- Shares of Alibaba in Hong Kong fell in Monday trade. That came after Chinese regulators ordered Alibaba-affiliate Ant Group to rectify its businesses.
- In coronavirus developments, U.S. President Donald Trump signed a Covid relief and government funding bill days after he suggested he would block it.
- Markets in Australia and New Zealand are closed on Monday for a holiday.
SINGAPORE — Shares of Chinese tech giant Alibaba in Hong Kong were in the spotlight once again on Monday, after Chinese regulators ordered Alibaba-affiliate Ant Group to rectify its businesses.
By the Hong Kong market close on Monday, shares of Alibaba listed in the city plunged 7.98%, adding to losses for the firm. The stock had also dived last Thursday following reports that Chinese regulators will probe the tech behemoth for suspected monopolistic behavior.
Shares of other Hong Kong-listed Chinese tech firms also declined sizably: Tencent fell 6.65% while Meituan slipped 6.88%. China's largest chipmaker SMIC also saw its stock in Hong Kong drop 4.2%.
The broader Hang Seng Tech index shed 4.26% on the day to 7,795.78.
Asia markets mixed
Stocks in Asia were mixed on Monday as the final trading week of 2020 kicked off.
In Japan, the Nikkei 225 gained 0.74% to close at 26,854.03 while the Topix index advanced 0.54% to finish its trading day at 1,788.04. South Korea's Kospi closed fractionally higher at 2,808.60.
Mainland Chinese stocks were muted on the day: the Shanghai composite was largely unchanged at 3,397.29 while the Shenzhen component gained 0.193% to 14,044.10. Hong Kong's Hang Seng index declined 0.27% to close at 26,314.63.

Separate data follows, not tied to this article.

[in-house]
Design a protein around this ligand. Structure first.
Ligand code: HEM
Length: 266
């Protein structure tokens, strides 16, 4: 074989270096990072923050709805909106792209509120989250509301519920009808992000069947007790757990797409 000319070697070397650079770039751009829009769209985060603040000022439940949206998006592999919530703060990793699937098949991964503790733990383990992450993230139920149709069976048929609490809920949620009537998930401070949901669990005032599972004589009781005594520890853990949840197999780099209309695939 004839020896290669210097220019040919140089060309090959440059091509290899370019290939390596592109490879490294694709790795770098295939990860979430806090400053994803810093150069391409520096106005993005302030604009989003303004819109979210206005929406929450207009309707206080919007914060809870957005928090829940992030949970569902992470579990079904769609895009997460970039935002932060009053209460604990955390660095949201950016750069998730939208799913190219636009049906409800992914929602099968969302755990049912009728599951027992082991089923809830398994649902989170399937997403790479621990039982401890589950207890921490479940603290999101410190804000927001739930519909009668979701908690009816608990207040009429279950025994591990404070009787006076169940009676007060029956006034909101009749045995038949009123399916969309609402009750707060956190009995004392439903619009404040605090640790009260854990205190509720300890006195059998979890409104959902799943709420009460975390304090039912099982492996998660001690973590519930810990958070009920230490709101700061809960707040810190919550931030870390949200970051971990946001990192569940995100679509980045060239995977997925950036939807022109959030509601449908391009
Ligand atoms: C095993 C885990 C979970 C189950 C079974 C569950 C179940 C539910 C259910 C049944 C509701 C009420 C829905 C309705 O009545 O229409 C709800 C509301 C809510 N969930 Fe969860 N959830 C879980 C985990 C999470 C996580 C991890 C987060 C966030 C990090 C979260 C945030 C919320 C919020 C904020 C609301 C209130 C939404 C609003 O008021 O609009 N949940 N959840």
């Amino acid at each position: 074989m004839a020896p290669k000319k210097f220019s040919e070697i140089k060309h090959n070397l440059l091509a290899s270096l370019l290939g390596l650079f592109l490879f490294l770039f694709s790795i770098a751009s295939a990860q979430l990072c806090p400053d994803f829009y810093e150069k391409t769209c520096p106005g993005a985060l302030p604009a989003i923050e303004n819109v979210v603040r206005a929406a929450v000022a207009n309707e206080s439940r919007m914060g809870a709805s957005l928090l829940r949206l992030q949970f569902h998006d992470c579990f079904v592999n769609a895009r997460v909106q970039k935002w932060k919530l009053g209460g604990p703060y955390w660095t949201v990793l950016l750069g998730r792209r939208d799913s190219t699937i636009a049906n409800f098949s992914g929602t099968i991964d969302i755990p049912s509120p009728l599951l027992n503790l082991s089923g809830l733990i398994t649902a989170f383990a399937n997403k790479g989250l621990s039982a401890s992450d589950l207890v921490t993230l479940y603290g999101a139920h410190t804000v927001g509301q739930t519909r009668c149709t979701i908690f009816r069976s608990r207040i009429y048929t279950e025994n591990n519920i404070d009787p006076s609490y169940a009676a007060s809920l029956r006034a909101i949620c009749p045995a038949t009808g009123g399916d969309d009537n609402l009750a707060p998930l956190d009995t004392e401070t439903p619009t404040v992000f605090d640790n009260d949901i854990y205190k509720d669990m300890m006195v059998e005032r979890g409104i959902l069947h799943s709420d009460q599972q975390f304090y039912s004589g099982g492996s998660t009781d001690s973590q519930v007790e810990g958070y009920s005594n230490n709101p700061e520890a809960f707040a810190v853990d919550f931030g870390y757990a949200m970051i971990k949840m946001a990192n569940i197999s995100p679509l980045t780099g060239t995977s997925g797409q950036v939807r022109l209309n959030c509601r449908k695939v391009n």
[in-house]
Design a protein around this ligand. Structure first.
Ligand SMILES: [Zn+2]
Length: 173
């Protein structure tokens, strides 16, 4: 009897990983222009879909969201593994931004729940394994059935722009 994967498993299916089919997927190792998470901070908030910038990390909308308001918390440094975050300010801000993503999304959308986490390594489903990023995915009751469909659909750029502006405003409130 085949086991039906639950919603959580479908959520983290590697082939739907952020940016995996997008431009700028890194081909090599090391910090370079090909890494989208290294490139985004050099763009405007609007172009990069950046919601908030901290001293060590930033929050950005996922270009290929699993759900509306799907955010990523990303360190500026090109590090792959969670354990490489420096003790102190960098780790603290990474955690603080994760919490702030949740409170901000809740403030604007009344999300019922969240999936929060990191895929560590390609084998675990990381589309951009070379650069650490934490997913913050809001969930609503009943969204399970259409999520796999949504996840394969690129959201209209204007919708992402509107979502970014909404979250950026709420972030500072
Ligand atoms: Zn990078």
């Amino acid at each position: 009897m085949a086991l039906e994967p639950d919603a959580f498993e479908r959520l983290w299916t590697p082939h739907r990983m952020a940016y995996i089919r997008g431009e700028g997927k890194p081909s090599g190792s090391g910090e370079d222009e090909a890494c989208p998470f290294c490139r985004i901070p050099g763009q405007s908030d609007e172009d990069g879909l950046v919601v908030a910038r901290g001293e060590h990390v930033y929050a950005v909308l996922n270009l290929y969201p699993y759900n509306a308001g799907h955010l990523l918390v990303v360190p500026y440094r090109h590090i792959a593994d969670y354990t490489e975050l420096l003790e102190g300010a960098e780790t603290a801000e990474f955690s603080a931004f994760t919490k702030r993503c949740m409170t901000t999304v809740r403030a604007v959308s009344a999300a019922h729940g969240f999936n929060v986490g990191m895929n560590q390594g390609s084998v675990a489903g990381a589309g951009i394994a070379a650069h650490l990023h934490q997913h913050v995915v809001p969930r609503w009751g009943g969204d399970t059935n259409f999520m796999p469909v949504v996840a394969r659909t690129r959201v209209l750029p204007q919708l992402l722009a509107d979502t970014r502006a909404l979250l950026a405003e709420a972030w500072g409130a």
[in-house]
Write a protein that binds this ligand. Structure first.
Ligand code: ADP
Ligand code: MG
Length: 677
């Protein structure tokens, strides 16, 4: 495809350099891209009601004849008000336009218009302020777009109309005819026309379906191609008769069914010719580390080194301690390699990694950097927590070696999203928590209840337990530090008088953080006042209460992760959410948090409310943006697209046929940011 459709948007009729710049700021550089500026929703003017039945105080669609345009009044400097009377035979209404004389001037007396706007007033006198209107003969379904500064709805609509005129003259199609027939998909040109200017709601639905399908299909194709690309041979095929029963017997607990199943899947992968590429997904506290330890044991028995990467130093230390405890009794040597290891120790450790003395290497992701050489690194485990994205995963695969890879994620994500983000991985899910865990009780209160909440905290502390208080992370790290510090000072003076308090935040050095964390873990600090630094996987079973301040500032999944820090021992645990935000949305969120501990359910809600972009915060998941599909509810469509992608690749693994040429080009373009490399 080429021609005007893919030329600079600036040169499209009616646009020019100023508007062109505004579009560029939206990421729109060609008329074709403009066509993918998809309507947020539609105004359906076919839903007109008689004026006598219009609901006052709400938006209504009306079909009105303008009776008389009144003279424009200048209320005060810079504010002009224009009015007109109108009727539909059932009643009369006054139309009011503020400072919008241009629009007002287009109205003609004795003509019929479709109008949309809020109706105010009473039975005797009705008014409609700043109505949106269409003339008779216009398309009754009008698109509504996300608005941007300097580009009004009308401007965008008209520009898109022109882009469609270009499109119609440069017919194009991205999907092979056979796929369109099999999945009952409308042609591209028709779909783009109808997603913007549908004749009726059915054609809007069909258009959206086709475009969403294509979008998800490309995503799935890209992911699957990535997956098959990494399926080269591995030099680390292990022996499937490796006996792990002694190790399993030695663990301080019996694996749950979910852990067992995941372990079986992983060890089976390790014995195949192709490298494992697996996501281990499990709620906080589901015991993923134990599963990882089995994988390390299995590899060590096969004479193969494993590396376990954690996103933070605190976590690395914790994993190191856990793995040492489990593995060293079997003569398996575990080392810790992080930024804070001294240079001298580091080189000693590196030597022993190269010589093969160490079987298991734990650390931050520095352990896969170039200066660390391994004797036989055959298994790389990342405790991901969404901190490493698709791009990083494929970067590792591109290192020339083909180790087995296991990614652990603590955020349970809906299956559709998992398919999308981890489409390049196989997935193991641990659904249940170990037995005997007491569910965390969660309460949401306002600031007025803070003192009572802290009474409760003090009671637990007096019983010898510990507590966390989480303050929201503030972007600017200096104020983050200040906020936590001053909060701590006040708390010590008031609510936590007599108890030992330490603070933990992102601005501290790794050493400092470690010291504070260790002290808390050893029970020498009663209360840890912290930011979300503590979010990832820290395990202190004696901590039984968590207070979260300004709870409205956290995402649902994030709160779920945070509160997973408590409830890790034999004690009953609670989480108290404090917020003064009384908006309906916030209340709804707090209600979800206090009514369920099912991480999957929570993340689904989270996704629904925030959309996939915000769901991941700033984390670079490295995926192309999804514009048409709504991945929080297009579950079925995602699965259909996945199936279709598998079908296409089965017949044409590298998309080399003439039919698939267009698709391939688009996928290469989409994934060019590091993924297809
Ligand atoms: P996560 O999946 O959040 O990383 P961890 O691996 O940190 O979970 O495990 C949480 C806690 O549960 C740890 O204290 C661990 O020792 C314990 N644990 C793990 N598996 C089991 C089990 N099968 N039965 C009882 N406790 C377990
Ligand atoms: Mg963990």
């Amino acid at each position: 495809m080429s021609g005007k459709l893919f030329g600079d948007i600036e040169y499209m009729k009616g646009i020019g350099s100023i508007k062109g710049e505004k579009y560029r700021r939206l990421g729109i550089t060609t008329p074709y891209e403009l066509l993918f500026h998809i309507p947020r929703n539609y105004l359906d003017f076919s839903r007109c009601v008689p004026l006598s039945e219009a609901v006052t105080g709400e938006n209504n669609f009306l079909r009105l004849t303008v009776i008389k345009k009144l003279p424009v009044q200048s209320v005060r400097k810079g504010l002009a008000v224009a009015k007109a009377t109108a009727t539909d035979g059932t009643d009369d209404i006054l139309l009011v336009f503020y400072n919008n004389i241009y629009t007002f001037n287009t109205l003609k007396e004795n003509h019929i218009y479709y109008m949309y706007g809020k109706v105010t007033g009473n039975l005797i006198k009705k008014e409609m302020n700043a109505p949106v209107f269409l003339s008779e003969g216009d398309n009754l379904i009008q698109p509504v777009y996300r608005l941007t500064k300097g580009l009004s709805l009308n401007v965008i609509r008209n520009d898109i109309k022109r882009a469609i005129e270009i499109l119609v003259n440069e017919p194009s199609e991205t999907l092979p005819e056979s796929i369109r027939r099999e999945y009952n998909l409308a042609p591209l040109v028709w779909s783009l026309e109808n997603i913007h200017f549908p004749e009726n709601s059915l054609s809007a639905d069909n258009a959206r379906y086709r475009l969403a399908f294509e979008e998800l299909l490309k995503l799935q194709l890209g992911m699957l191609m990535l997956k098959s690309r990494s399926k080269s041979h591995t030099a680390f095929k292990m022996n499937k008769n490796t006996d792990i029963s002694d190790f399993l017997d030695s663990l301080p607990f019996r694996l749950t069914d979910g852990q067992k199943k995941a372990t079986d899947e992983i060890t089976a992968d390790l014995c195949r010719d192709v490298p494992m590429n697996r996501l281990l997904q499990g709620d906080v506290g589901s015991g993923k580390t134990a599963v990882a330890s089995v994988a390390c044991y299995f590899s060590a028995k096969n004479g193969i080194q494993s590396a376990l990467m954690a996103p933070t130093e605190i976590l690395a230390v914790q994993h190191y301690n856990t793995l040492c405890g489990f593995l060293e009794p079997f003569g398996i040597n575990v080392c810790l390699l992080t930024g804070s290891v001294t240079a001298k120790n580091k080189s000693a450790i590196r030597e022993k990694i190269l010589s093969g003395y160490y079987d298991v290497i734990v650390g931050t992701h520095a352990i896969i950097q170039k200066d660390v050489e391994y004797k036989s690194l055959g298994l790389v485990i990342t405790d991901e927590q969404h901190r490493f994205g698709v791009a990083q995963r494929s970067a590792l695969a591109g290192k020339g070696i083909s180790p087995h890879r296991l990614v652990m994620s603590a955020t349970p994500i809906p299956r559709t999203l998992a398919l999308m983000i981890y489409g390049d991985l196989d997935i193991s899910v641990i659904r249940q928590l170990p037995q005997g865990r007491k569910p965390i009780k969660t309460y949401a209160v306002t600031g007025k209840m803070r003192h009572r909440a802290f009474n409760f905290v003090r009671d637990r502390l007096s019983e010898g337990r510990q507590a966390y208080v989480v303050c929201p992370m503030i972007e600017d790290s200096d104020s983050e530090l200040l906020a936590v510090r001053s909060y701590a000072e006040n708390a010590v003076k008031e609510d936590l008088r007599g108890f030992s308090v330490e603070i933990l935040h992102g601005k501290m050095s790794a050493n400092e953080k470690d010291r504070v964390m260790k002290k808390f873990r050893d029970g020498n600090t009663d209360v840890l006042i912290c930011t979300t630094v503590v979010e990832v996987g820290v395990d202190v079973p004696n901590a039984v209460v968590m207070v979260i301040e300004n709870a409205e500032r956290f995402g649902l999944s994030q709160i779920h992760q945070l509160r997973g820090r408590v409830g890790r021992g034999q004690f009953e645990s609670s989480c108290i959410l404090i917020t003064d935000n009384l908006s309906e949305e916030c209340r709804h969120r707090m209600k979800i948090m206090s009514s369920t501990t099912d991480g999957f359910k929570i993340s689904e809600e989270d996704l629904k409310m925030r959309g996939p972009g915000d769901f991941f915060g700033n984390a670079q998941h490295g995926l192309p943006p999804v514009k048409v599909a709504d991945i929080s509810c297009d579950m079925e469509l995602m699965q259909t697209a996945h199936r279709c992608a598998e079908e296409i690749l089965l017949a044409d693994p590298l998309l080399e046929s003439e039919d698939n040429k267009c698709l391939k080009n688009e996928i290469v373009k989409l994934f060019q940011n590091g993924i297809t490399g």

MSCI's broadest index of Asia-Pacific shares outside Japan rose 0.09%.
Profits at Chinese industrial firms in November rose 15.5% as compared with a year earlier, according to data released by the country's National Bureau of Statistics over the weekend.
Markets in Australia and New Zealand are closed on Monday for a holiday.
In coronavirus developments, U.S. President Donald Trump signed a Covid relief and government funding bill days after he suggested he would block it.
Currencies and oil
The U.S. dollar index, which tracks the greenback against a basket of its peers, was at 90.093 after declining from levels above 90.4 in recent days.
The Japanese yen traded at 103.46 per dollar after seeing levels below 103.4 against the greenback last week. The Australian dollar changed hands at $0.7613 after recovering from a plunge to levels below $0.75 last week.
Oil prices were higher in the afternoon of Asia trading hours, with international benchmark Brent crude futures up 0.18% to $51.38 per barrel. U.S. crude futures gained 0.25% to $48.35 per barrel.